The door has been opened for victims of sexual abuse in athletics, and six-time Olympic medalist Aly Raisman is leading the charge.
After the trail of former national gymnastics doctor Larry Nassar, Raisman filed a lawsuit against the United States Olympic Committee and USA Gymnastics. The suit alleges that the organizations were aware of the sexual abuse Nassar committed against Raisman and other gymnasts in his care. Nassar’s abuse took place over decades, throughout his time with USA Gymnastics and his time at Michigan State University. During his trial, 156 of his victims spoke out against him, including Raisman.
Raisman’s lawsuit is a critical step in holding complicit parties accountable. If the Olympic Committee and USA Gymnastics were aware of the abuse Nassar was committing, they are at the root of the sexual violence problem in society.
USA Gymnastics, despite firing Nassar in 2015 and reporting him to the FBI after concern was raised about a medical treatment, made no attempts to stop his employment at Michigan State University or reveal the nature of his dismissal.
The U.S. Olympic Committee has contributed directly and indirectly to the systematic dehumanization of athletes by allowing them to be victimized and abused. Athletes, many just teenagers, have been reduced to commodities, symbols of patriotism and the “American way” with no agency or voice of their own. They have been placed on pedestals, idealized and stripped of individuality. Despite their celebrity status, Olympic athletes, especially young athletes, are often not allowed a platform for their voice.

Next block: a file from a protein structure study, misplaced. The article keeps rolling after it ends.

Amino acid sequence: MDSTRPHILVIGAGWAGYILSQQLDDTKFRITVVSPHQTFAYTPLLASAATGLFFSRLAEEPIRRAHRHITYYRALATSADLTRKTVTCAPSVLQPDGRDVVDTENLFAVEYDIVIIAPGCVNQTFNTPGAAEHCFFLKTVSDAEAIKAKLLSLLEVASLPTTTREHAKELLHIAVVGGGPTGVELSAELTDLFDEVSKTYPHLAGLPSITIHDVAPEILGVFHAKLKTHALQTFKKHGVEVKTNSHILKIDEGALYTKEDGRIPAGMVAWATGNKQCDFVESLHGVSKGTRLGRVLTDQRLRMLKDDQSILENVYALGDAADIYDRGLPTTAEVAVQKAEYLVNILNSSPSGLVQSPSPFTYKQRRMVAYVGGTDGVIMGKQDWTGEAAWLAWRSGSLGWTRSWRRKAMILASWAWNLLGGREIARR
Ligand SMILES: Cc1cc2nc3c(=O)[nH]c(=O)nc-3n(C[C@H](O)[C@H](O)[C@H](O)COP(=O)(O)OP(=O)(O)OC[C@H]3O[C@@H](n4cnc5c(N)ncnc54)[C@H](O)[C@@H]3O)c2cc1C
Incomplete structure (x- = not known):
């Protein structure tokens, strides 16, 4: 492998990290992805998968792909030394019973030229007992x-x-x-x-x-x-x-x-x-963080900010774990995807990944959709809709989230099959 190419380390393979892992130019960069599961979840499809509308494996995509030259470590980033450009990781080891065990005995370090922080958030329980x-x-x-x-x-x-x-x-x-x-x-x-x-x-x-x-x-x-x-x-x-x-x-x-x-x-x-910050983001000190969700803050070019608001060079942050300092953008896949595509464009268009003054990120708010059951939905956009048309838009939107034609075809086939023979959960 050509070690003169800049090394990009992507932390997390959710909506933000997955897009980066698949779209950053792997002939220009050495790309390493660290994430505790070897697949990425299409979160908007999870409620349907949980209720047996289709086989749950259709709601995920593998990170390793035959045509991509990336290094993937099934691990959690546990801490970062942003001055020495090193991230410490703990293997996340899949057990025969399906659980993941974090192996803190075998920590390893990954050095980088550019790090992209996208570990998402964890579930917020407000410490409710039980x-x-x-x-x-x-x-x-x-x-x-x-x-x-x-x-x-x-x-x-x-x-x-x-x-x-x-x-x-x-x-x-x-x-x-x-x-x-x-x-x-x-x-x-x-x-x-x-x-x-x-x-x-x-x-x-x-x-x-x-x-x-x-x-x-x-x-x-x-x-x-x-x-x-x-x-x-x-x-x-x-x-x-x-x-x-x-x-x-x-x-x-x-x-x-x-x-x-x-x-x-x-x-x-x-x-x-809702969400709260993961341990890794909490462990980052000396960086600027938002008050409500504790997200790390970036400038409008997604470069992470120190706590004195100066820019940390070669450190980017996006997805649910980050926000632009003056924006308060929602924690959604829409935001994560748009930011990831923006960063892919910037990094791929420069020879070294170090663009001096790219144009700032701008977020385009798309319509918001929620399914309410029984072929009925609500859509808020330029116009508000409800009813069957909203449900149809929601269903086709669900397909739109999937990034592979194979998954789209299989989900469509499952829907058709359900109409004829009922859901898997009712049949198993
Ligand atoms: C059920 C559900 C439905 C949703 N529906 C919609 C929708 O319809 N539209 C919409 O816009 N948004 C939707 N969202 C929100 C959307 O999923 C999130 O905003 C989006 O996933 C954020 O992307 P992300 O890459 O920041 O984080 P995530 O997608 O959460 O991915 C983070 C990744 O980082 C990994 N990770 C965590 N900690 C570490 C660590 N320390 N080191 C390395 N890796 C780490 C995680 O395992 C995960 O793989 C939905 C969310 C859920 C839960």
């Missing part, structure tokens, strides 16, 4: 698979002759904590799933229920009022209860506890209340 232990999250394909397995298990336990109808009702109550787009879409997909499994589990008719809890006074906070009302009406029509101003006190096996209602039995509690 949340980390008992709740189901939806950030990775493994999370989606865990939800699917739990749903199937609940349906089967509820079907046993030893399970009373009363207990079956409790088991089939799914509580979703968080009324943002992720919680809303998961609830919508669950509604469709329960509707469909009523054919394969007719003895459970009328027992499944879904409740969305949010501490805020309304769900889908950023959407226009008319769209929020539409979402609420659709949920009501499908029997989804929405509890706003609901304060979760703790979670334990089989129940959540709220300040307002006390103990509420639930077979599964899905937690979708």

Raisman is unendingly brave to not only file her lawsuit, but to make bold, unflinching statements against the organizations that allowed and facilitated not just her abuse, but the abuse of hundreds of others just like her. Raisman has taken the first steps into a world of advocacy that could change the fabric of the world that her successors live and compete in.
Raisman is a leader in a great movement to give young people and the victims of those in power a chance to step out of the shadows and into a light where they are heard, believed and allowed to heal from the trauma caused by their abusers and those who protected their abusers.
In a statement on the lawsuit, Raisman said, “I refuse to wait any longer for these organizations to do the right thing. It is my hope that the legal process will hold them accountable and enable the change that is so desperately needed.”
Her fight now, if successful, will allow future generations of athlete’s safety and comfort in their training, which is the least of what they deserve. No lawsuit would be able to make what Raisman suffered right or OK, but her efforts will pave the way to make sure that what happened to her is not repeated in the future.
Nassar was found guilty of all charges brought against him. He faces up to 175 years in prison. But the fight against the system that protected him for so long is just beginning, and brave, incredible young people like Raisman are leading the charge against the people that held so little regard for the safety and well-being of those in their care.